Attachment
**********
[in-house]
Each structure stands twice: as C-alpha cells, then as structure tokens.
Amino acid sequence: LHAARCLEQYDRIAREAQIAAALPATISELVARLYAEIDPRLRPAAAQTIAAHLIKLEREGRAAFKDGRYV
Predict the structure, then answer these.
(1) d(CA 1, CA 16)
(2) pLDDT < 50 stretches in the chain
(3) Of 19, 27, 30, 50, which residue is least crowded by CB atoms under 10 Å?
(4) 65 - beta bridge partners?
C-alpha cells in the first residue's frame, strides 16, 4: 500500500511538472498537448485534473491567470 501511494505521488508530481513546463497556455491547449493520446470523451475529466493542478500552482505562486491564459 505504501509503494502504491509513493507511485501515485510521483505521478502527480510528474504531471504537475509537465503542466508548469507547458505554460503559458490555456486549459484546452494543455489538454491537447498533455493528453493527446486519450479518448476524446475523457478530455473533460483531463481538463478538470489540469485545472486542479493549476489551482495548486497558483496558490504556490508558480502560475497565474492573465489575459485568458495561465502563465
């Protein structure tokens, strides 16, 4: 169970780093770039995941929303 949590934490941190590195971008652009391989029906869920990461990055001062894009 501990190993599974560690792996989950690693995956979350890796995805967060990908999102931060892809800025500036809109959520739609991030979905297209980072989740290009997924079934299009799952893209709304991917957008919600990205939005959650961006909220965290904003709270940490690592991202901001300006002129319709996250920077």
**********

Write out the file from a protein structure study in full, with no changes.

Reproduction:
[in-house]
Each structure stands twice: as C-alpha cells, then as structure tokens.
Amino acid sequence: LHAARCLEQYDRIAREAQIAAALPATISELVARLYAEIDPRLRPAAAQTIAAHLIKLEREGRAAFKDGRYV
Predict the structure, then answer these.
(1) d(CA 1, CA 16)
(2) pLDDT < 50 stretches in the chain
(3) Of 19, 27, 30, 50, which residue is least crowded by CB atoms under 10 Å?
(4) 65 - beta bridge partners?
C-alpha cells in the first residue's frame, strides 16, 4: 500500500511538472498537448485534473491567470 501511494505521488508530481513546463497556455491547449493520446470523451475529466493542478500552482505562486491564459 505504501509503494502504491509513493507511485501515485510521483505521478502527480510528474504531471504537475509537465503542466508548469507547458505554460503559458490555456486549459484546452494543455489538454491537447498533455493528453493527446486519450479518448476524446475523457478530455473533460483531463481538463478538470489540469485545472486542479493549476489551482495548486497558483496558490504556490508558480502560475497565474492573465489575459485568458495561465502563465
């Protein structure tokens, strides 16, 4: 169970780093770039995941929303 949590934490941190590195971008652009391989029906869920990461990055001062894009 501990190993599974560690792996989950690693995956979350890796995805967060990908999102931060892809800025500036809109959520739609991030979905297209980072989740290009997924079934299009799952893209709304991917957008919600990205939005959650961006909220965290904003709270940490690592991202901001300006002129319709996250920077």